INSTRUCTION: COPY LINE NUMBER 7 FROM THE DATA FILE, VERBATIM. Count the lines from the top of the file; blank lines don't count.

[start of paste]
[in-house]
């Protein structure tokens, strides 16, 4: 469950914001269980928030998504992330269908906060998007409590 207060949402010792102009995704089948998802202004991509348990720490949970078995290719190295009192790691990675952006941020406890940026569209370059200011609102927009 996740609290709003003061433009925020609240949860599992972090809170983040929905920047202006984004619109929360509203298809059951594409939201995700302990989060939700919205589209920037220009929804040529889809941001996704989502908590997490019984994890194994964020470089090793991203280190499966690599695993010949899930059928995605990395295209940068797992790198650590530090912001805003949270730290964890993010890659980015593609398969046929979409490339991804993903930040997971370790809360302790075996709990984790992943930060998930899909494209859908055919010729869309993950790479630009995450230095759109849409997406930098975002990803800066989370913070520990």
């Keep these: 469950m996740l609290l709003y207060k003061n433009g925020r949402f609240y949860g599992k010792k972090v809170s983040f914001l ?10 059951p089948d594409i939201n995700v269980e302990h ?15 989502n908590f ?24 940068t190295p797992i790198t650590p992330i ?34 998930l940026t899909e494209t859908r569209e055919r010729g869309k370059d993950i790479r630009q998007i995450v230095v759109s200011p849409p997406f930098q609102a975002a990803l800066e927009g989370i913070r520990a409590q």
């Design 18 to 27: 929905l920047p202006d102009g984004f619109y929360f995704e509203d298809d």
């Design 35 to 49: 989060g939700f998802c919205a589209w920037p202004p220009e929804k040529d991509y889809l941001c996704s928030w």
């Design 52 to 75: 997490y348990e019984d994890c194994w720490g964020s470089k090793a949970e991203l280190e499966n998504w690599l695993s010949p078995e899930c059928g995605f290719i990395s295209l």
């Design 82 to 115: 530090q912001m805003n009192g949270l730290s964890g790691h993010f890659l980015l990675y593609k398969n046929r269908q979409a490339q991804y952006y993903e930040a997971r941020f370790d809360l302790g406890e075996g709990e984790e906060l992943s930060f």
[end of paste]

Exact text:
């Design 82 to 115: 530090q912001m805003n009192g949270l730290s964890g790691h993010f890659l980015l990675y593609k398969n046929r269908q979409a490339q991804y952006y993903e930040a997971r941020f370790d809360l302790g406890e075996g709990e984790e906060l992943s930060f």